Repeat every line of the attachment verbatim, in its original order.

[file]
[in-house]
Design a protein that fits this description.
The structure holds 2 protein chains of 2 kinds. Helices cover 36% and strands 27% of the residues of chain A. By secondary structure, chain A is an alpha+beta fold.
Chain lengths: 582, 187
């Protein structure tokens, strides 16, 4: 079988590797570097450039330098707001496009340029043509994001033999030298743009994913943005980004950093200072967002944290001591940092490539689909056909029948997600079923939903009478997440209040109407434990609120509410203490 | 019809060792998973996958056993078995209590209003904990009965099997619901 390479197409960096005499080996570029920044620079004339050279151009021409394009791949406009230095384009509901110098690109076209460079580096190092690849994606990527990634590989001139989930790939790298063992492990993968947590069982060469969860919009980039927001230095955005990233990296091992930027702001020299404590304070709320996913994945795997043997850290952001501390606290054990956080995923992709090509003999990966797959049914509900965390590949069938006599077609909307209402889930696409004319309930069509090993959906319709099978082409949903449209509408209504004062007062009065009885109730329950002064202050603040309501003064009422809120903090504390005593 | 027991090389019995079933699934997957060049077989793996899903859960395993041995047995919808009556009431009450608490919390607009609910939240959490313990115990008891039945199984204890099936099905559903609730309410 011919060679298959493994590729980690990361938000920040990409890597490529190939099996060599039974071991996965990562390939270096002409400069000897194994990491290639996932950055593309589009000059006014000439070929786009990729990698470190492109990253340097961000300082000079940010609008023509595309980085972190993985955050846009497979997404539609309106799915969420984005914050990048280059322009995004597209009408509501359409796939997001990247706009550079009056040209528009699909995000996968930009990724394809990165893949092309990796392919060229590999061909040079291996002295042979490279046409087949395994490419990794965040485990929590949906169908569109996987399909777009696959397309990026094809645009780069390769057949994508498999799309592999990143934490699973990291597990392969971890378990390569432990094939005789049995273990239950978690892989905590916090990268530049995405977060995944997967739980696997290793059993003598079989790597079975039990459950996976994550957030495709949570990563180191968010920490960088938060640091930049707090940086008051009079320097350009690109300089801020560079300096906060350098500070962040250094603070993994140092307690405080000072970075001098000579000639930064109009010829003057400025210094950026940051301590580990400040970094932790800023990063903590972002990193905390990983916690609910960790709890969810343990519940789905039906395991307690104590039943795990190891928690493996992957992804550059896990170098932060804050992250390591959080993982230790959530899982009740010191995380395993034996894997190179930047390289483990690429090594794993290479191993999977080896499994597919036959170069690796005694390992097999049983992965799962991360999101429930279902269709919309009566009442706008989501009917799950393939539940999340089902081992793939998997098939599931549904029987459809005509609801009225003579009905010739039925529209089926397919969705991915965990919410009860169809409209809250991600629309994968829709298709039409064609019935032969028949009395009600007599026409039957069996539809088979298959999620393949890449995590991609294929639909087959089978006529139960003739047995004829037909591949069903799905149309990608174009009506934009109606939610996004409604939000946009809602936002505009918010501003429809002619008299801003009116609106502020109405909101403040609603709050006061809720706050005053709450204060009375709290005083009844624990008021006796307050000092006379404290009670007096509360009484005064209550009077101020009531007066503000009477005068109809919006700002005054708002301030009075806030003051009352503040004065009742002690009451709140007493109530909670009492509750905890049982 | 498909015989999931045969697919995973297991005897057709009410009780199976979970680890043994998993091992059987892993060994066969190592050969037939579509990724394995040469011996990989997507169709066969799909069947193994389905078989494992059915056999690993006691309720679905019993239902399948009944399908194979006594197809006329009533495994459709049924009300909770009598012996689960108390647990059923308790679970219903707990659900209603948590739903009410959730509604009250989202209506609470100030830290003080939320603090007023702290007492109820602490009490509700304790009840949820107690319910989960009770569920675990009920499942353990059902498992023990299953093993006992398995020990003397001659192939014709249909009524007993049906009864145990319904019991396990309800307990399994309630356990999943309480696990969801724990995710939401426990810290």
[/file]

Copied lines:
[in-house]
Design a protein that fits this description.
The structure holds 2 protein chains of 2 kinds. Helices cover 36% and strands 27% of the residues of chain A. By secondary structure, chain A is an alpha+beta fold.
Chain lengths: 582, 187
């Protein structure tokens, strides 16, 4: 079988590797570097450039330098707001496009340029043509994001033999030298743009994913943005980004950093200072967002944290001591940092490539689909056909029948997600079923939903009478997440209040109407434990609120509410203490 | 019809060792998973996958056993078995209590209003904990009965099997619901 390479197409960096005499080996570029920044620079004339050279151009021409394009791949406009230095384009509901110098690109076209460079580096190092690849994606990527990634590989001139989930790939790298063992492990993968947590069982060469969860919009980039927001230095955005990233990296091992930027702001020299404590304070709320996913994945795997043997850290952001501390606290054990956080995923992709090509003999990966797959049914509900965390590949069938006599077609909307209402889930696409004319309930069509090993959906319709099978082409949903449209509408209504004062007062009065009885109730329950002064202050603040309501003064009422809120903090504390005593 | 027991090389019995079933699934997957060049077989793996899903859960395993041995047995919808009556009431009450608490919390607009609910939240959490313990115990008891039945199984204890099936099905559903609730309410 011919060679298959493994590729980690990361938000920040990409890597490529190939099996060599039974071991996965990562390939270096002409400069000897194994990491290639996932950055593309589009000059006014000439070929786009990729990698470190492109990253340097961000300082000079940010609008023509595309980085972190993985955050846009497979997404539609309106799915969420984005914050990048280059322009995004597209009408509501359409796939997001990247706009550079009056040209528009699909995000996968930009990724394809990165893949092309990796392919060229590999061909040079291996002295042979490279046409087949395994490419990794965040485990929590949906169908569109996987399909777009696959397309990026094809645009780069390769057949994508498999799309592999990143934490699973990291597990392969971890378990390569432990094939005789049995273990239950978690892989905590916090990268530049995405977060995944997967739980696997290793059993003598079989790597079975039990459950996976994550957030495709949570990563180191968010920490960088938060640091930049707090940086008051009079320097350009690109300089801020560079300096906060350098500070962040250094603070993994140092307690405080000072970075001098000579000639930064109009010829003057400025210094950026940051301590580990400040970094932790800023990063903590972002990193905390990983916690609910960790709890969810343990519940789905039906395991307690104590039943795990190891928690493996992957992804550059896990170098932060804050992250390591959080993982230790959530899982009740010191995380395993034996894997190179930047390289483990690429090594794993290479191993999977080896499994597919036959170069690796005694390992097999049983992965799962991360999101429930279902269709919309009566009442706008989501009917799950393939539940999340089902081992793939998997098939599931549904029987459809005509609801009225003579009905010739039925529209089926397919969705991915965990919410009860169809409209809250991600629309994968829709298709039409064609019935032969028949009395009600007599026409039957069996539809088979298959999620393949890449995590991609294929639909087959089978006529139960003739047995004829037909591949069903799905149309990608174009009506934009109606939610996004409604939000946009809602936002505009918010501003429809002619008299801003009116609106502020109405909101403040609603709050006061809720706050005053709450204060009375709290005083009844624990008021006796307050000092006379404290009670007096509360009484005064209550009077101020009531007066503000009477005068109809919006700002005054708002301030009075806030003051009352503040004065009742002690009451709140007493109530909670009492509750905890049982 | 498909015989999931045969697919995973297991005897057709009410009780199976979970680890043994998993091992059987892993060994066969190592050969037939579509990724394995040469011996990989997507169709066969799909069947193994389905078989494992059915056999690993006691309720679905019993239902399948009944399908194979006594197809006329009533495994459709049924009300909770009598012996689960108390647990059923308790679970219903707990659900209603948590739903009410959730509604009250989202209506609470100030830290003080939320603090007023702290007492109820602490009490509700304790009840949820107690319910989960009770569920675990009920499942353990059902498992023990299953093993006992398995020990003397001659192939014709249909009524007993049906009864145990319904019991396990309800307990399994309630356990999943309480696990969801724990995710939401426990810290």